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John Wood the Elder (1704-1754). Detail from the oil painting, The Four Worthies. The only known image of Wood.

Built between 1729 and 1739, this was Wood's first successful development. The North side of Queen Square was designed to give the impression of a grand unified palace facade, but it is actually seven separate houses.

The obelisk is at the centre of Queen Square, where it was intended that the residents could promenade. Very different from the modern "bottle-neck" of traffic.

Stone die with carvings showing the original plan for the central "garden" at Queen Square. Corinthian Capital removed during conservation work in the 1960s.

The Circus was built between 1754 and 1767. It was commenced by John Wood the Elder, but he died shortly after the foundation stone was laid. His son, John Wood the Younger completed the project.

The roofline of the Circus is punctuated with acorns. Serving to illustrate Wood's belief in the Druids as the Princes of the Hollow oak and a reminder of the legend of how Prince Bladud discovered the healing powers of the hot springs.

The Circus was Britain's first circular street. It was based on the measurements that Wood took at Stonehenge and the two have roughly the same diameter.

The Building of Bath Museum's main web site.

To enroll for the John Wood study weekend or to find out what other residential courses the University of Bath offers.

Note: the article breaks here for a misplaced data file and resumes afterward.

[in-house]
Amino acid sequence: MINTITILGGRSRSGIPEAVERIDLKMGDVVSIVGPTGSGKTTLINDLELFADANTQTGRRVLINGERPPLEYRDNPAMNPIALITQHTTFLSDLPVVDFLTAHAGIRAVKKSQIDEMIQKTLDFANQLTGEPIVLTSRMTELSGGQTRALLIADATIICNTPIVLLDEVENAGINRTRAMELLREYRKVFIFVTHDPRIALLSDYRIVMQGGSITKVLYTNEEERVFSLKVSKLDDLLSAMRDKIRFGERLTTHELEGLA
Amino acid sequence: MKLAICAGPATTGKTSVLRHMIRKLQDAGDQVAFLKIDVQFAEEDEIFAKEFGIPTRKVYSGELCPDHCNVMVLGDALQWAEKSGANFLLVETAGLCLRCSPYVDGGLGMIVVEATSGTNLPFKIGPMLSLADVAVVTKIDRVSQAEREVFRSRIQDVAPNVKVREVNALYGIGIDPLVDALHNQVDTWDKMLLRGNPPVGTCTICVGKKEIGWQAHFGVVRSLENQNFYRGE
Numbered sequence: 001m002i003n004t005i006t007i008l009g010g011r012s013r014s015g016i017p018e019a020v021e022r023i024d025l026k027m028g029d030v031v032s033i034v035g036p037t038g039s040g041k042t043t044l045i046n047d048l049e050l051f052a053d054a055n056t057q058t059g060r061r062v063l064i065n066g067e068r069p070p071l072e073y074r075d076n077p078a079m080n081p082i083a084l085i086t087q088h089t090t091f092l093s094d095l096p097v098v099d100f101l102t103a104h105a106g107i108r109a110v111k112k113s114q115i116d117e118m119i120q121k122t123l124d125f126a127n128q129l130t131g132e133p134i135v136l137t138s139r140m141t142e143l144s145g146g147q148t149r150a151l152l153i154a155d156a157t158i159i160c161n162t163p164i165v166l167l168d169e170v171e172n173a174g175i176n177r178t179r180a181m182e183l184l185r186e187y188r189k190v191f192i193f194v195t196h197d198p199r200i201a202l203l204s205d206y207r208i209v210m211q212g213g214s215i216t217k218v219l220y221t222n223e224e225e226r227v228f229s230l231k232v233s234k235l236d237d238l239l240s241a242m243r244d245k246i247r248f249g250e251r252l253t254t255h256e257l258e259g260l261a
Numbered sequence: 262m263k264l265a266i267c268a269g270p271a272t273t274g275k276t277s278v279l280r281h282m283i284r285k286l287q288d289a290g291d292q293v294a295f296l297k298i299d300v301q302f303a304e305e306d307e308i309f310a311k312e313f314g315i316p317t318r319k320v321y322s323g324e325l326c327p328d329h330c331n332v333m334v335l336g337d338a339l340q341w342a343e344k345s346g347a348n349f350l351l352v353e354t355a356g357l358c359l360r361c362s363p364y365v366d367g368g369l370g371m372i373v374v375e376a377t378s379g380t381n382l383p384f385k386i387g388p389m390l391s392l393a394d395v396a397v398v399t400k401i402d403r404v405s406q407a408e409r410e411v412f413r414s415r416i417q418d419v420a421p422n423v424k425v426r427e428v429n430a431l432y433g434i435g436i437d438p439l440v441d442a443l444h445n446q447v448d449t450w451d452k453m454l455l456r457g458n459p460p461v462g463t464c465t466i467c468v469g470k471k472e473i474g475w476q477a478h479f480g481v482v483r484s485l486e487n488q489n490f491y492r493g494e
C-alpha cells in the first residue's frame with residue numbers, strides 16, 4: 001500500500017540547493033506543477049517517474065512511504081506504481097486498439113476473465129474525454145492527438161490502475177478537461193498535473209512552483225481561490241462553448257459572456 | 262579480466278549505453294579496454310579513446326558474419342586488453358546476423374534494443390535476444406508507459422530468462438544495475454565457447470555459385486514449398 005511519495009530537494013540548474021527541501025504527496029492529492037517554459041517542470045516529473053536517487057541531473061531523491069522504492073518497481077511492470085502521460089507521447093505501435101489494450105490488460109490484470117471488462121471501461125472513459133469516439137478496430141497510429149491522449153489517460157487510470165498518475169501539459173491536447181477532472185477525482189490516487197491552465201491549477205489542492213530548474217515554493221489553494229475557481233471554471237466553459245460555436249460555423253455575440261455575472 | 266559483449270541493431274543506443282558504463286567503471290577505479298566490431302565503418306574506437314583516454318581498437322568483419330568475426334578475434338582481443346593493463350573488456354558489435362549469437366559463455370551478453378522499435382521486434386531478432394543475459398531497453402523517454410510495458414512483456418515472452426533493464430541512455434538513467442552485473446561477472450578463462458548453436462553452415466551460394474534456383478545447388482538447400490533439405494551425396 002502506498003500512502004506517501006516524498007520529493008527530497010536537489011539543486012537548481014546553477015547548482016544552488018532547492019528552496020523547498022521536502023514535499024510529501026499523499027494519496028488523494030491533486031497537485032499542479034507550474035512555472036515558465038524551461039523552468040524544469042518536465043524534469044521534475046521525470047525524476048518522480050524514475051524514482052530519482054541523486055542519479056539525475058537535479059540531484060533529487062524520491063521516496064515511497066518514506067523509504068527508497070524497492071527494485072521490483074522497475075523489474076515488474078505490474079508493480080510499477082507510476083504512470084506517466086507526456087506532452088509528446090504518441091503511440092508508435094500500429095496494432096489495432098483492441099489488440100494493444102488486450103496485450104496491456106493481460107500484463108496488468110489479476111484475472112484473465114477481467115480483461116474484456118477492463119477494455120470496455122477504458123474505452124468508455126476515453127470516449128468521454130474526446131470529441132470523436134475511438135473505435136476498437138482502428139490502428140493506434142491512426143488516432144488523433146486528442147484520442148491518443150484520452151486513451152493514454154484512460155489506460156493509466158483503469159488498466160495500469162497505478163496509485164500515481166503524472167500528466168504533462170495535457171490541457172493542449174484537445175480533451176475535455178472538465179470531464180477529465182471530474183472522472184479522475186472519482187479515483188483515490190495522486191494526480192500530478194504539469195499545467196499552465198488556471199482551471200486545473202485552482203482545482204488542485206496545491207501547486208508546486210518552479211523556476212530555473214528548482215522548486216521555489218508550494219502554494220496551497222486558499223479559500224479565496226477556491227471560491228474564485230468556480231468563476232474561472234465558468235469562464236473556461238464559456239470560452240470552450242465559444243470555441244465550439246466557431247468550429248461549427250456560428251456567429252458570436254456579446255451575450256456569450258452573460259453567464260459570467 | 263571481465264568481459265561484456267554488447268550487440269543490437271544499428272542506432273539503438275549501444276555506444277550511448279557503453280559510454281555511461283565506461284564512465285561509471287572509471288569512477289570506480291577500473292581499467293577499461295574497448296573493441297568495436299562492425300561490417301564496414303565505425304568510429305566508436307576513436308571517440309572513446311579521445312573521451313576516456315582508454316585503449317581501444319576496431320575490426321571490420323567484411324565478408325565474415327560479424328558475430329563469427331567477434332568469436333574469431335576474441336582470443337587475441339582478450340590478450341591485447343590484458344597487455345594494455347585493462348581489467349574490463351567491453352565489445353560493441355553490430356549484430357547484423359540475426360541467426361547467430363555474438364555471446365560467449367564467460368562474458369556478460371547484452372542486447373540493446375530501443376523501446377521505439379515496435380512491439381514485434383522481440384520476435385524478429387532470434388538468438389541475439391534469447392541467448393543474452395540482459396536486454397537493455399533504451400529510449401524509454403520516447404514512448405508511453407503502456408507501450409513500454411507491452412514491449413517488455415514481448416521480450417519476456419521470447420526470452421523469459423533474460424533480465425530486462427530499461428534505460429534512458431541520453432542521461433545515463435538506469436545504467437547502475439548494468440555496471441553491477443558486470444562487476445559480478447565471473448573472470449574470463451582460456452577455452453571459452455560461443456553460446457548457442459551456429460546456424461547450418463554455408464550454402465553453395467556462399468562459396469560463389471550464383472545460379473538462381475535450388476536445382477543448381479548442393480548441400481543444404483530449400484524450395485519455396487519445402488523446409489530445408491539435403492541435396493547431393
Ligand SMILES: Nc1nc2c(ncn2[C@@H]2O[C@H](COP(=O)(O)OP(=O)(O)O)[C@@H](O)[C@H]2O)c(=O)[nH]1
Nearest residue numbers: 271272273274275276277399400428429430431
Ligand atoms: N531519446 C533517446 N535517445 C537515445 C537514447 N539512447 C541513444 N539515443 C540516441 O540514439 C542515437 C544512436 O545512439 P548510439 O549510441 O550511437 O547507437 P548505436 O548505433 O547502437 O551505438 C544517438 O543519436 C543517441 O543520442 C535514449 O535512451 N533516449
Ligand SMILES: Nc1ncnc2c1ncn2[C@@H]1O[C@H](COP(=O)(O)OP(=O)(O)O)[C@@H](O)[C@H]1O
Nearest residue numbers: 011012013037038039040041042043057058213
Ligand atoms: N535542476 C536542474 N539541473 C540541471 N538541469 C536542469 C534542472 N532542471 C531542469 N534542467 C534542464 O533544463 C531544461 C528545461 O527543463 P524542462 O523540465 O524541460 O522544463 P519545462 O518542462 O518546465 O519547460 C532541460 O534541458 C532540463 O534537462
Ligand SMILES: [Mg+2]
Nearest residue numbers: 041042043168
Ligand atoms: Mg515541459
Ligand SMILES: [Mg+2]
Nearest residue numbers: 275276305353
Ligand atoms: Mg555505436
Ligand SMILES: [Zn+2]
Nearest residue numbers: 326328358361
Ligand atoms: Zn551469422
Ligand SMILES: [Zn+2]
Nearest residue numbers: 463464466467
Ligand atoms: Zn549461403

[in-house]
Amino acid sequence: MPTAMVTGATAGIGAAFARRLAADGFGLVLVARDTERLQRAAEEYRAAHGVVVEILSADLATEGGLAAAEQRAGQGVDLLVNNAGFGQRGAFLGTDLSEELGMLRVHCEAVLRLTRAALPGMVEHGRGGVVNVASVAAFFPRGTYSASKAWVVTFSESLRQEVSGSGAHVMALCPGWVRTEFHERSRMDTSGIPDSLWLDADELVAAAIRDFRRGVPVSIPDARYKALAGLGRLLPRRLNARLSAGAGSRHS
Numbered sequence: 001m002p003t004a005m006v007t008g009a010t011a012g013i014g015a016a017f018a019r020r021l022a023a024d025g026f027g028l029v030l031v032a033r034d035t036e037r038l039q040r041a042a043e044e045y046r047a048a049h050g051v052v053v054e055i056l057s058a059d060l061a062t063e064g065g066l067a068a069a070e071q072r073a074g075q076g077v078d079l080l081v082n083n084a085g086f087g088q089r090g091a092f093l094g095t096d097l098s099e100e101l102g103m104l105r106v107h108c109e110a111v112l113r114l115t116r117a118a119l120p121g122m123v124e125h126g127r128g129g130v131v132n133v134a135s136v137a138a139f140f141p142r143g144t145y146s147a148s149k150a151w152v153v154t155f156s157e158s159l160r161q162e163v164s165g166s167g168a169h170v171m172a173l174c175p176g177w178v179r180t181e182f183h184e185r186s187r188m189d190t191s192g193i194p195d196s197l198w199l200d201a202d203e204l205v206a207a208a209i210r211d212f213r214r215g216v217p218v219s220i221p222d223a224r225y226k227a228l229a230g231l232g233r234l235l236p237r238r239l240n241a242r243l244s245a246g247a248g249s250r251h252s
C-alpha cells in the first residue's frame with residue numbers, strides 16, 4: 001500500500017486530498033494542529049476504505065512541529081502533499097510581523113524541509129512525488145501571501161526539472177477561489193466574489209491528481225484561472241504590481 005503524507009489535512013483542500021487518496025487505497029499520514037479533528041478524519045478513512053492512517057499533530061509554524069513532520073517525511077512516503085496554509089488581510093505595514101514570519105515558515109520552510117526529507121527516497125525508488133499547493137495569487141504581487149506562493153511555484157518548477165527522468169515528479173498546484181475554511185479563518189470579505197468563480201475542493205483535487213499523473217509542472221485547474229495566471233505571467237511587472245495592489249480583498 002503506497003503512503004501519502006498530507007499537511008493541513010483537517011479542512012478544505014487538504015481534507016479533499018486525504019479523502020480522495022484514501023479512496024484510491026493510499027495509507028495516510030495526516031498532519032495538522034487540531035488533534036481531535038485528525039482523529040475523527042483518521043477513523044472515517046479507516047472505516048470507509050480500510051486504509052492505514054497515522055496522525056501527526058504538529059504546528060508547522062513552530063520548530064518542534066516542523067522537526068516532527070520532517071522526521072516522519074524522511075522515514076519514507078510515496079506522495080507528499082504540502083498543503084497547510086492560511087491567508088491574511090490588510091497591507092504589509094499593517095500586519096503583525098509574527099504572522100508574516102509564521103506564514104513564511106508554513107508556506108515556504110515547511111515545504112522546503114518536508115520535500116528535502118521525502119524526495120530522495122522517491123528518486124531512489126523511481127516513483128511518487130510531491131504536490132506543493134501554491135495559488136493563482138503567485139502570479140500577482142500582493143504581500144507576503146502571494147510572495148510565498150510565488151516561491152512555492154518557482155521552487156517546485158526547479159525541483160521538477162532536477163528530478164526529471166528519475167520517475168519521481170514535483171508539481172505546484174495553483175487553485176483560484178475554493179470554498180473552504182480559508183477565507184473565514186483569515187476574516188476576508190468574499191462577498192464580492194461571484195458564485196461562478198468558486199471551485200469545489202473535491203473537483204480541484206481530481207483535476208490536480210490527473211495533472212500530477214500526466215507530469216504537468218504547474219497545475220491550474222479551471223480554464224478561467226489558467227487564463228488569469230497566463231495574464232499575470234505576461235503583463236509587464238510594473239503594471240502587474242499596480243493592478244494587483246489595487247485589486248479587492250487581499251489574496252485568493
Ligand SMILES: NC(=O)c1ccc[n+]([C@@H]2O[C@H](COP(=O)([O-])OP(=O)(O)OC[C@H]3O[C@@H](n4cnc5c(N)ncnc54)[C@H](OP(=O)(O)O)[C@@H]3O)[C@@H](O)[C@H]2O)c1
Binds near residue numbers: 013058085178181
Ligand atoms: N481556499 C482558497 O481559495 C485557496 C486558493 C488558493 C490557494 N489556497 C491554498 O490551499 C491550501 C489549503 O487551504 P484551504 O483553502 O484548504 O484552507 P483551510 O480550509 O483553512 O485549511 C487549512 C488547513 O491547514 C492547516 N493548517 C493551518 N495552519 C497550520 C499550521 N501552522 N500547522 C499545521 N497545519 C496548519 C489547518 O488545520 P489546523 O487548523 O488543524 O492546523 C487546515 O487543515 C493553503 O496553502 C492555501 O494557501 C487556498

If you're from another country, Learn English at your own pace.

Architectural Centre for the West of England. Based in Bristol they provide a number of activities, exhibitions and courses throughout the year.

The John Wood Exhibition

John Wood the Elder was born 300 years ago in 1704 and died in 1754. In this the anniversary year The Building of Bath Museum steps behind the classical fa├žade to reveal how one man's obsession led to the creation of Georgian Bath.

The Circus, one of Bath's most recognised landmarks, is often thought to be based on the celebrated Colosseum in Rome. It comes as a surprise then to discover that this strange circular building owes more to Stonehenge and the druids than it ever did to classical antiquity and the heathen gods.

In an age when the remains of ancient Greece and Rome were defining the nation's architecture, why did John Wood, creator of England's most famous neo-classical city, look towards druids, freemasonry and God for inspiration?

At the age of 21 John Wood had a vision for Bath. It was an individual and highly personal vision and it became his obsession. The manifestation of that obsession is the city we know today.

This exhibition investigates the development of this obsession explaining how Wood's extraordinary theories on architecture affected every building he imagined, and combined to form his ideal city.